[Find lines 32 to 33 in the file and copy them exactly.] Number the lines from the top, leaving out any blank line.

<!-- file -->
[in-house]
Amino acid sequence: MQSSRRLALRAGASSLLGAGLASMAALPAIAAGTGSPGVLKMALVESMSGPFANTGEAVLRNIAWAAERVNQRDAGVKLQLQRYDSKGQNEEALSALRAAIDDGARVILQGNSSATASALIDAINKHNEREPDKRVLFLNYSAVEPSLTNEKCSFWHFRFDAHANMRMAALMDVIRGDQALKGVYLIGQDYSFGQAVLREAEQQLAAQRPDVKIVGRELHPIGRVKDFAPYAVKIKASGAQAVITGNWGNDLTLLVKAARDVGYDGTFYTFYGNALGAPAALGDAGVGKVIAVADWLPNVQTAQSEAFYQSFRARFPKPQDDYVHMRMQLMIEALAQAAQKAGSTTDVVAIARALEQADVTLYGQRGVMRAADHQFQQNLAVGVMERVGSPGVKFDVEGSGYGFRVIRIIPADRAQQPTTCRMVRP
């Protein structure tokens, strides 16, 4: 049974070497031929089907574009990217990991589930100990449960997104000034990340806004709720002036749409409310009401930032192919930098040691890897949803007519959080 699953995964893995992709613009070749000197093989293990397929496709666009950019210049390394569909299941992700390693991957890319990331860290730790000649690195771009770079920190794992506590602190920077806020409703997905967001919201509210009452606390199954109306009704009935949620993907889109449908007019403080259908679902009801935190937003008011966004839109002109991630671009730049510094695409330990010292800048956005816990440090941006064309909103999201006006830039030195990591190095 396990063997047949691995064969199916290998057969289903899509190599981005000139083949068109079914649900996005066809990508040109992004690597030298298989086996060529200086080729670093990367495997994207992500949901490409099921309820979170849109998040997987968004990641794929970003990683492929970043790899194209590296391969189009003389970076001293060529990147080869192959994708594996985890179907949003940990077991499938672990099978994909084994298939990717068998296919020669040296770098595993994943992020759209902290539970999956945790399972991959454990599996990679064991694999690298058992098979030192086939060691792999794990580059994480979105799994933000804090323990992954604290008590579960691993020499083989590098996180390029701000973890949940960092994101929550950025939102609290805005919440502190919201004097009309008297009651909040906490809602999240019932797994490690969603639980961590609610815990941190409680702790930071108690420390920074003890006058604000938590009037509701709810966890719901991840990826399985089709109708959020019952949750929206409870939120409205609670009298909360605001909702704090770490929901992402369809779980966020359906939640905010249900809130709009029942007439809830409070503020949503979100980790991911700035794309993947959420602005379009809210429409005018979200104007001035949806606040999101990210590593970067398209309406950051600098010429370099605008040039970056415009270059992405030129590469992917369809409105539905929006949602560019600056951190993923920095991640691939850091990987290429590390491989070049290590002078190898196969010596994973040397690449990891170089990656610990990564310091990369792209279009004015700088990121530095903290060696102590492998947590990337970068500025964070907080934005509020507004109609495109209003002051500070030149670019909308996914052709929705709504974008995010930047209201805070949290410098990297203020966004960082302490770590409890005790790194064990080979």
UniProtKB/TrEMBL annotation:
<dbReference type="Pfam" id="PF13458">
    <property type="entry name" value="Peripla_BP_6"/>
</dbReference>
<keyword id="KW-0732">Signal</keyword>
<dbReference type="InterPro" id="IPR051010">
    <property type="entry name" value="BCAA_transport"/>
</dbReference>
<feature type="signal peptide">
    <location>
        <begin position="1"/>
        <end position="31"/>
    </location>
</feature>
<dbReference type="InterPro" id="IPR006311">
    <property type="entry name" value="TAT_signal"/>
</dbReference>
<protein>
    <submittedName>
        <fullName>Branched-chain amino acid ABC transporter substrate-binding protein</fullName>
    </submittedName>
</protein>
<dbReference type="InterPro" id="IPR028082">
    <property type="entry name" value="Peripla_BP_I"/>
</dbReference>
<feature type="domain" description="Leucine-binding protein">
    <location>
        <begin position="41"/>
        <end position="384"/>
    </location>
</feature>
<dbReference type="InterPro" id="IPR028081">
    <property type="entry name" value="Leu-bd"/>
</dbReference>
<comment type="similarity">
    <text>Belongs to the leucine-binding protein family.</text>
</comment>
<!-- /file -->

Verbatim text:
        <end position="384"/>
    </location>